CC BY 4.0 · Surg J (N Y) 2021; 07(04): e275-e280
DOI: 10.1055/s-0041-1735900
Original Article

Efficacy of Subcutaneous Closed Suction Drain in Reduction of Postoperative Surgical Site Infection

R. Harish
1  Department of General Surgery, Vydehi Institute of Medical Sciences and Research Centre, Bangalore, Karnataka, India
,
Farah Naaz Kazi
1  Department of General Surgery, Vydehi Institute of Medical Sciences and Research Centre, Bangalore, Karnataka, India
,
J.V. Pranav Sharma
1  Department of General Surgery, Vydehi Institute of Medical Sciences and Research Centre, Bangalore, Karnataka, India
› Author Affiliations

Abstract

Background Surgical site infections (SSIs) are the infections of wound after an invasive operative approach. It remains to be a major morbidity for patients undergoing surgeries although there have been tremendous improvements in the surgical techniques.

Different interventions to suppress the selective serotonin reuptake inhibitors have been proposed. Many of them have been routinely used by surgeons like minimizing shaving, hand washing, and preoperative antibiotics and these are well accepted. Drains are used in major abdominal surgeries, hernia repairs, breast surgeries reducing collections in closed areas.[1] Hematoma, serous fluid, and dead space in surgical incision wounds raise the risk of infection as they serve as the platform for microbial growth. Studies have proved that the usage of subcutaneous drains has lowered the chances of infection.

Results The patients in the case group had lower incidence of SSI compared with the control group. The patients in the case group had subcutaneous drain which drained any collection that developed in the subcutaneous space. When the incidence of SSI was compared between the emergency cases and elective cases, the emergency cases showed higher propensity for SSI and increased rate for patients who had co-morbidities like diabetes mellitus, hypertension, etc. The most common organism isolated from the SSI was found to be Escherichia coli. It was also noted that the mean number of days of hospital stay was comparatively higher for the patients who developed SSI compared with patients who did not develop SSI.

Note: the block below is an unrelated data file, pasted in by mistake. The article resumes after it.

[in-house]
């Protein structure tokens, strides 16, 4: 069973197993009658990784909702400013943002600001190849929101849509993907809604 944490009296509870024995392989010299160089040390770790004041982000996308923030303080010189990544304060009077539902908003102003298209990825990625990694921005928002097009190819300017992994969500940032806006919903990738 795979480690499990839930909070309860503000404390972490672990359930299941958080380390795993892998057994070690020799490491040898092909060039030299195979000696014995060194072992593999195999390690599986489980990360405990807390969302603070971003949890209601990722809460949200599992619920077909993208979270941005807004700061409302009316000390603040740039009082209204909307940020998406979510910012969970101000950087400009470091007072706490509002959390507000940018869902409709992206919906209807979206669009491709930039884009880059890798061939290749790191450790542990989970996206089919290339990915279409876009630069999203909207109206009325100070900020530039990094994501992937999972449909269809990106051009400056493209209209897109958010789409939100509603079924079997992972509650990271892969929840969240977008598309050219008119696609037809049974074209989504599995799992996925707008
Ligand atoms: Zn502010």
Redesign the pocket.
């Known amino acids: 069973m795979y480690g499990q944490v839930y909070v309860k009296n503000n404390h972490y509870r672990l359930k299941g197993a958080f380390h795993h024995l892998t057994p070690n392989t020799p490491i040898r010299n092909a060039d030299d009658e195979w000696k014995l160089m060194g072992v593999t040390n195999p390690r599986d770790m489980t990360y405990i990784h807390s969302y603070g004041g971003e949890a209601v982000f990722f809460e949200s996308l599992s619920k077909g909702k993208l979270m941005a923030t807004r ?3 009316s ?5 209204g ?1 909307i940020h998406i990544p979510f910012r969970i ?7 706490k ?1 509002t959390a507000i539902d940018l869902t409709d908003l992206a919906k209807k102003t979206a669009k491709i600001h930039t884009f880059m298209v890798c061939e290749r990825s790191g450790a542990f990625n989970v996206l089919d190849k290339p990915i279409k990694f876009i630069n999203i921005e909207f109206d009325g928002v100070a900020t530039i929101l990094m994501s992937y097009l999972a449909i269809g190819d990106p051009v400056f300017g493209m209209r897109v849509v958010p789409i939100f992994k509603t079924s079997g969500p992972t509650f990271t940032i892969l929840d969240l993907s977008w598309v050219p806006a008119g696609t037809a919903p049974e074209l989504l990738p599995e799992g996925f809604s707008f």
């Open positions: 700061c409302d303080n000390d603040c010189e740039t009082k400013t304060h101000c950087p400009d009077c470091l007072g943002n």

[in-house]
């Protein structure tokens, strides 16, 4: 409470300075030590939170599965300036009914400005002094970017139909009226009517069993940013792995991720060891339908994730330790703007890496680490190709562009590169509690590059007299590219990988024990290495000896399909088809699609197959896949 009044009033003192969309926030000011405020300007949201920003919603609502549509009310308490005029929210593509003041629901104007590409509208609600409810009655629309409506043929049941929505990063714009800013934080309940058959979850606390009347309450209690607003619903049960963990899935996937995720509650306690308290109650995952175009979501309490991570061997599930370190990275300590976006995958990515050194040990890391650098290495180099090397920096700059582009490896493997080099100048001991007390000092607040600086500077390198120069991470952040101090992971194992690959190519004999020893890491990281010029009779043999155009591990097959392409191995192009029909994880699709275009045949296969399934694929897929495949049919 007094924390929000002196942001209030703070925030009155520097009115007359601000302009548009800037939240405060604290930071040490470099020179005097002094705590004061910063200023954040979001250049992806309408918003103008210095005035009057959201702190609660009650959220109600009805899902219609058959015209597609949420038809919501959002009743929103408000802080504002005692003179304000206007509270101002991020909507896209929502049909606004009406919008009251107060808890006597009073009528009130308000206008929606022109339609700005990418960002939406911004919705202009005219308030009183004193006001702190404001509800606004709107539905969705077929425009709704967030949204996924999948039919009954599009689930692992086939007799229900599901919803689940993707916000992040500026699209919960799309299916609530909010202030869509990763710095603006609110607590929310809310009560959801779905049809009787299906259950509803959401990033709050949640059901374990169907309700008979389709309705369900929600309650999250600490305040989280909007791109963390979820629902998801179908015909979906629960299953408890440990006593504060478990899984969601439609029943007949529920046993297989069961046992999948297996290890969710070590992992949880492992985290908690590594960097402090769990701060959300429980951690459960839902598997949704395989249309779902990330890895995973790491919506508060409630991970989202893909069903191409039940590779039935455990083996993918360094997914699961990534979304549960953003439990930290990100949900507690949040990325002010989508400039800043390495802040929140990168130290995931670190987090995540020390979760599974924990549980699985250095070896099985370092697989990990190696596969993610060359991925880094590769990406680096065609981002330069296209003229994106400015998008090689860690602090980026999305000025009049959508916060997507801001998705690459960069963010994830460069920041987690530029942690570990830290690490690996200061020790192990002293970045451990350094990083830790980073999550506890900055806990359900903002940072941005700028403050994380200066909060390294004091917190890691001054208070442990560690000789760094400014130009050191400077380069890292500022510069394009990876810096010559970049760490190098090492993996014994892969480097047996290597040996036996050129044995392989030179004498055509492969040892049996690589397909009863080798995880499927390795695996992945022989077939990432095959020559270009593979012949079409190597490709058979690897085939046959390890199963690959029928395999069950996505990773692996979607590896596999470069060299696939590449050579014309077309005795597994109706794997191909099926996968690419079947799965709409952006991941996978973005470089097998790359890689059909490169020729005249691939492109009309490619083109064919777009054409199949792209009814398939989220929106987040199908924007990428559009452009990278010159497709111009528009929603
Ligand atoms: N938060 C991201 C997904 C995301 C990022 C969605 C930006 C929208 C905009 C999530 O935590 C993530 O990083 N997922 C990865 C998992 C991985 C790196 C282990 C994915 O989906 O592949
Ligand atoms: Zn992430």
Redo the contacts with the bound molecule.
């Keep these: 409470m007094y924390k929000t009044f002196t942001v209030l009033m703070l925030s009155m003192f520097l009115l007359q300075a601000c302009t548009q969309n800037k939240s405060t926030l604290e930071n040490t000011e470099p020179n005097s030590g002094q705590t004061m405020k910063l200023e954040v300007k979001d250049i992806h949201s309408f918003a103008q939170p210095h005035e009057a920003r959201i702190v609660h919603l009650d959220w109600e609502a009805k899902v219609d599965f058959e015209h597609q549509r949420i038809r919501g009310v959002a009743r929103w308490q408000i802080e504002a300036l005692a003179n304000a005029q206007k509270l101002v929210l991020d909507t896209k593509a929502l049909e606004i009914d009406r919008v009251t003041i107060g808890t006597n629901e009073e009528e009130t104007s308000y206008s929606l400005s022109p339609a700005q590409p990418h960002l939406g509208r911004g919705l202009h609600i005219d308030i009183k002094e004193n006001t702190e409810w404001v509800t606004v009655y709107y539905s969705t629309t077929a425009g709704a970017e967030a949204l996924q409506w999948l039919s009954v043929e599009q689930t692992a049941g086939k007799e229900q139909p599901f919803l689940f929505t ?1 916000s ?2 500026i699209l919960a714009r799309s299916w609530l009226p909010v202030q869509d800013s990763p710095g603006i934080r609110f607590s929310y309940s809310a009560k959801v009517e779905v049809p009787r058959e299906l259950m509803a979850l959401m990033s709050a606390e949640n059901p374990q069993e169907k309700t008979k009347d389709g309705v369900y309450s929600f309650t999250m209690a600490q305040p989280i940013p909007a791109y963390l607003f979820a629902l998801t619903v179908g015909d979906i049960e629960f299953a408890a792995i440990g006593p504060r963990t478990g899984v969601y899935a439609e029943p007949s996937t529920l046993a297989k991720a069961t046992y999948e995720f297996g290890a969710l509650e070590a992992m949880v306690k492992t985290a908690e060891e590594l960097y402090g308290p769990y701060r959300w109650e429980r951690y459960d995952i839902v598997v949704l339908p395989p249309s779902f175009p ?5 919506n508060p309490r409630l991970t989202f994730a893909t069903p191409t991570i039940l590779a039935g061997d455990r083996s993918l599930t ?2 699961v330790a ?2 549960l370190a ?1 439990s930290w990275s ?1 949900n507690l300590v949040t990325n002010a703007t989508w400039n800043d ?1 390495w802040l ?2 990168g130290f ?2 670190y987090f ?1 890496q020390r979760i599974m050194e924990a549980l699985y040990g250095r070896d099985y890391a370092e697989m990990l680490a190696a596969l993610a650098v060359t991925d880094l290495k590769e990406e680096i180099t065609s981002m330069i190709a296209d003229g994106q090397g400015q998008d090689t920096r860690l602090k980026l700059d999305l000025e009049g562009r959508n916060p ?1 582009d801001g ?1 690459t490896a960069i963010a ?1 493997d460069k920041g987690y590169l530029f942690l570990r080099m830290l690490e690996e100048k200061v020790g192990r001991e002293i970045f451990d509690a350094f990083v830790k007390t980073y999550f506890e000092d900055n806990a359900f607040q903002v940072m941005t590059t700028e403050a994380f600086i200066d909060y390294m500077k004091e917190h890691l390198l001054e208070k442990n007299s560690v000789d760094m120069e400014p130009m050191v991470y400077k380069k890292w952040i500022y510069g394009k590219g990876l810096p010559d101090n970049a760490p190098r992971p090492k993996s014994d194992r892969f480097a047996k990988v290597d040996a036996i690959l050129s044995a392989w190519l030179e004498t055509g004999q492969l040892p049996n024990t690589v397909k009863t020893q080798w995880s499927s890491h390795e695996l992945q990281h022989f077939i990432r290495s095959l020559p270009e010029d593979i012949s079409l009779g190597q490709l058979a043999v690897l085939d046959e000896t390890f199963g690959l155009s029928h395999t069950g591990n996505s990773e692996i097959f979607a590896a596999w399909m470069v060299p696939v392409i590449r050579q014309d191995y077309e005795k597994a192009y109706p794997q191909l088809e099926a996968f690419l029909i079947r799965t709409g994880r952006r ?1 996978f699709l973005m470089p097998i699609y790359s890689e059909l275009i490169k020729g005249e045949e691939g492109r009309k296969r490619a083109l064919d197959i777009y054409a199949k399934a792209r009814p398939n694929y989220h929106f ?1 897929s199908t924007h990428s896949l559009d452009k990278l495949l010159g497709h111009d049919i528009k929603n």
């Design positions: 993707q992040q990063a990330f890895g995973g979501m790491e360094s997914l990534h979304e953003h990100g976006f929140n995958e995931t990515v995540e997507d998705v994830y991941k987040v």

Conclusion Thus the presence of SSI adds morbidity to the patient and the patients who undergo major surgeries are likely to develop SSI postoperatively. The presence of subcutaneous closed suction drain helps in reducing the SSI to a certain extent.



Publication History

Received: 04 May 2021

Accepted: 22 July 2021

Publication Date:
12 October 2021 (online)

© 2021. The Author(s). This is an open access article published by Thieme under the terms of the Creative Commons Attribution License, permitting unrestricted use, distribution, and reproduction so long as the original work is properly cited. (https://creativecommons.org/licenses/by/4.0/)

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